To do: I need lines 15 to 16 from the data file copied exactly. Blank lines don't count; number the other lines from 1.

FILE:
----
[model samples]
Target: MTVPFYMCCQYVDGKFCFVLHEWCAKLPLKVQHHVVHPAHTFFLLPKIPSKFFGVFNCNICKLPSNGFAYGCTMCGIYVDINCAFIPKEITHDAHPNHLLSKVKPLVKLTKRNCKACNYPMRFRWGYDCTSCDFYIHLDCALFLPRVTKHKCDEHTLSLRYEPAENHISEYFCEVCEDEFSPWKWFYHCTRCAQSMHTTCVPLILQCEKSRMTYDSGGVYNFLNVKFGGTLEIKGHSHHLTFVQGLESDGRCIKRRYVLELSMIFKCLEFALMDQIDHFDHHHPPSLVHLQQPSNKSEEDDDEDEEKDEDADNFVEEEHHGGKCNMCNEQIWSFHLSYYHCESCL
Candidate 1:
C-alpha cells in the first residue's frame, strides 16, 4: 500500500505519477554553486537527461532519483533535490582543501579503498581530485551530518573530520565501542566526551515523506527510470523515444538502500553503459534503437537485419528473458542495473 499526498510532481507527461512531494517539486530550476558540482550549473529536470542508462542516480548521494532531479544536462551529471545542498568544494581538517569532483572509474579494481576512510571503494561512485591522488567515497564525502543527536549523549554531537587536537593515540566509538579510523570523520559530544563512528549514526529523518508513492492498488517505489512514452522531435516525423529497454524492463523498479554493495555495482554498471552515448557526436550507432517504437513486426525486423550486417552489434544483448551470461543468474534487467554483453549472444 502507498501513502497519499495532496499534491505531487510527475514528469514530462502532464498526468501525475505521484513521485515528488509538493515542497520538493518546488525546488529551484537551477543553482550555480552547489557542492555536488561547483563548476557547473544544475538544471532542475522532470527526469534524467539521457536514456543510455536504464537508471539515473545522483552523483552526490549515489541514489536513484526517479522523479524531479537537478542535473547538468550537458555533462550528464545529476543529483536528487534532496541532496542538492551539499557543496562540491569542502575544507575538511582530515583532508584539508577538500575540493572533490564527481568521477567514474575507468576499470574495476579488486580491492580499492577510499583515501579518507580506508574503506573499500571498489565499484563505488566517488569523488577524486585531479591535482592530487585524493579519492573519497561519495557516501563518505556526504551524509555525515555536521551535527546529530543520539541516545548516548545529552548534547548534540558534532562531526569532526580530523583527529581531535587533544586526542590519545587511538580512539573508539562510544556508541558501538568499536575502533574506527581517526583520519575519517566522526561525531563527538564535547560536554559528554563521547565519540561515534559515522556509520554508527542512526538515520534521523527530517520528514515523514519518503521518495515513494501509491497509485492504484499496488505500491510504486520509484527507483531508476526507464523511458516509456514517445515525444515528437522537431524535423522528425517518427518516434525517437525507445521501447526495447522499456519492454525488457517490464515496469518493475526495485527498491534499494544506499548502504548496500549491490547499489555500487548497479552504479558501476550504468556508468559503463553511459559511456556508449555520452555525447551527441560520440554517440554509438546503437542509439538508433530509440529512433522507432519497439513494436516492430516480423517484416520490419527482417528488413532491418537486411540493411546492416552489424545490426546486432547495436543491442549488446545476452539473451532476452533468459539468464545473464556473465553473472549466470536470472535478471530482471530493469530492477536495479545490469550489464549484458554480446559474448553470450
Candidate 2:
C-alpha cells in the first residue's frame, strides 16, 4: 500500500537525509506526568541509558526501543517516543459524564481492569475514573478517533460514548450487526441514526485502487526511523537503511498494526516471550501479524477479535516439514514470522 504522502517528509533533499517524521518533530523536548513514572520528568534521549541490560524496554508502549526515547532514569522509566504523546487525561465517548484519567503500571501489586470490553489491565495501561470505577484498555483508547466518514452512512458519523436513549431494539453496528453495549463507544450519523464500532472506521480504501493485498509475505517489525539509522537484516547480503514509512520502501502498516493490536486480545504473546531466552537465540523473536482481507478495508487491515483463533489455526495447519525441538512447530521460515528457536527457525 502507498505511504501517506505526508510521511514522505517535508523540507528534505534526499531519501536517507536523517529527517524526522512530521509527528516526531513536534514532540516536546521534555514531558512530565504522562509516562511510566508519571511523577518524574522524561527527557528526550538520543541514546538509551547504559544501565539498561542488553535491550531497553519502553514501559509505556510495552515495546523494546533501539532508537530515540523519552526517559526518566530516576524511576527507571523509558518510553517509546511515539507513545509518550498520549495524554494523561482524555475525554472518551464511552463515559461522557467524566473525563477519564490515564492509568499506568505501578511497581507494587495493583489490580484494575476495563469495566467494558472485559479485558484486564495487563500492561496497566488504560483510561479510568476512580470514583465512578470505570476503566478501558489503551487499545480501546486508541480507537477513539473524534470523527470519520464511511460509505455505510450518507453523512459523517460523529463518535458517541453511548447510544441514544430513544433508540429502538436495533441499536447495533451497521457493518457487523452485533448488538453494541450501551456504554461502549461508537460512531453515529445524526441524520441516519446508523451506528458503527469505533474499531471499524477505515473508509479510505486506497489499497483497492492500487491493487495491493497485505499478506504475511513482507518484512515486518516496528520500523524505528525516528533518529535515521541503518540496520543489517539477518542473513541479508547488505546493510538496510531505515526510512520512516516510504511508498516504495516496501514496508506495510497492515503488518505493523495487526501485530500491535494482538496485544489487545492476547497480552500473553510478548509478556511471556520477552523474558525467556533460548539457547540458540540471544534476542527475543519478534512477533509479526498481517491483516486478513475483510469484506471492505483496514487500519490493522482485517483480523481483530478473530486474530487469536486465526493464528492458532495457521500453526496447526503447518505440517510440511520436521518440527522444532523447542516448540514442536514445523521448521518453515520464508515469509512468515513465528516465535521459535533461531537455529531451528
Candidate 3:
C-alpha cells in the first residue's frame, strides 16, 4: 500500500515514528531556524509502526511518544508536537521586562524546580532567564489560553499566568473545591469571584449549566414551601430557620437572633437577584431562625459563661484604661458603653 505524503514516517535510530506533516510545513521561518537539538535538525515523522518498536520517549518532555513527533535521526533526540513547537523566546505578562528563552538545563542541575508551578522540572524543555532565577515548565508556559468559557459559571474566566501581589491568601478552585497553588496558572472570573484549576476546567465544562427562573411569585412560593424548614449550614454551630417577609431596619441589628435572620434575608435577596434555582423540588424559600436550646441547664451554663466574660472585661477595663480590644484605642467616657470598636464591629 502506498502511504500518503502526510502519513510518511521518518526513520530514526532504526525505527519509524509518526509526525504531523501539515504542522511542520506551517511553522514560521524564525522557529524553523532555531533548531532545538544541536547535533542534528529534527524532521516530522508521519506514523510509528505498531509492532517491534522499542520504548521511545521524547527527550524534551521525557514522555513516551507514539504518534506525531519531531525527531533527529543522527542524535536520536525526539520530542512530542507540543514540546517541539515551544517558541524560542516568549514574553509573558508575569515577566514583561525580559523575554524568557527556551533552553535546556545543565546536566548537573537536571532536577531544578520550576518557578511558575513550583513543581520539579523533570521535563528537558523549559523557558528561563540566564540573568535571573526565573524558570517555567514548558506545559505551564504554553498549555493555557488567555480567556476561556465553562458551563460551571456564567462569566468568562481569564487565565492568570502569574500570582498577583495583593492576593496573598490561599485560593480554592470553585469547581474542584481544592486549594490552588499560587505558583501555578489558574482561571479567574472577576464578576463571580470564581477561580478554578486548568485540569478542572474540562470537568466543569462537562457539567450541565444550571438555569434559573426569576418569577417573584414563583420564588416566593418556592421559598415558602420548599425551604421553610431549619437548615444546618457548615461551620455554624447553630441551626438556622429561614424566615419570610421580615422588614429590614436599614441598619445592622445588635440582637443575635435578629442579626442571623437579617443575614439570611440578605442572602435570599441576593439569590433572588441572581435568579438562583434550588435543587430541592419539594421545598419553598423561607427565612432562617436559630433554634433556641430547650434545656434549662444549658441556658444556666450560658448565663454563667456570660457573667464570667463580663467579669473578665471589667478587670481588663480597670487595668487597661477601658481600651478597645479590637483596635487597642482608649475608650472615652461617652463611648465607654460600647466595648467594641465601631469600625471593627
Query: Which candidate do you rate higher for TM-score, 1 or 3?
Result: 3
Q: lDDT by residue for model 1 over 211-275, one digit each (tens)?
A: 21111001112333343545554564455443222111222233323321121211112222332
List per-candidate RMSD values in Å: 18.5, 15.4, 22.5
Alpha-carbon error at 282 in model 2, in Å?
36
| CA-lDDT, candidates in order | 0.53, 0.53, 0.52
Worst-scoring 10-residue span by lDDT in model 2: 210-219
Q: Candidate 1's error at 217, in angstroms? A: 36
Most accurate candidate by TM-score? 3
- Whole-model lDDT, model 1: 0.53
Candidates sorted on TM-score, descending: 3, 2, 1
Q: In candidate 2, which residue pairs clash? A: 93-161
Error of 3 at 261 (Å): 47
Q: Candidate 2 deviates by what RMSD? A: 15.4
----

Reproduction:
36
| CA-lDDT, candidates in order | 0.53, 0.53, 0.52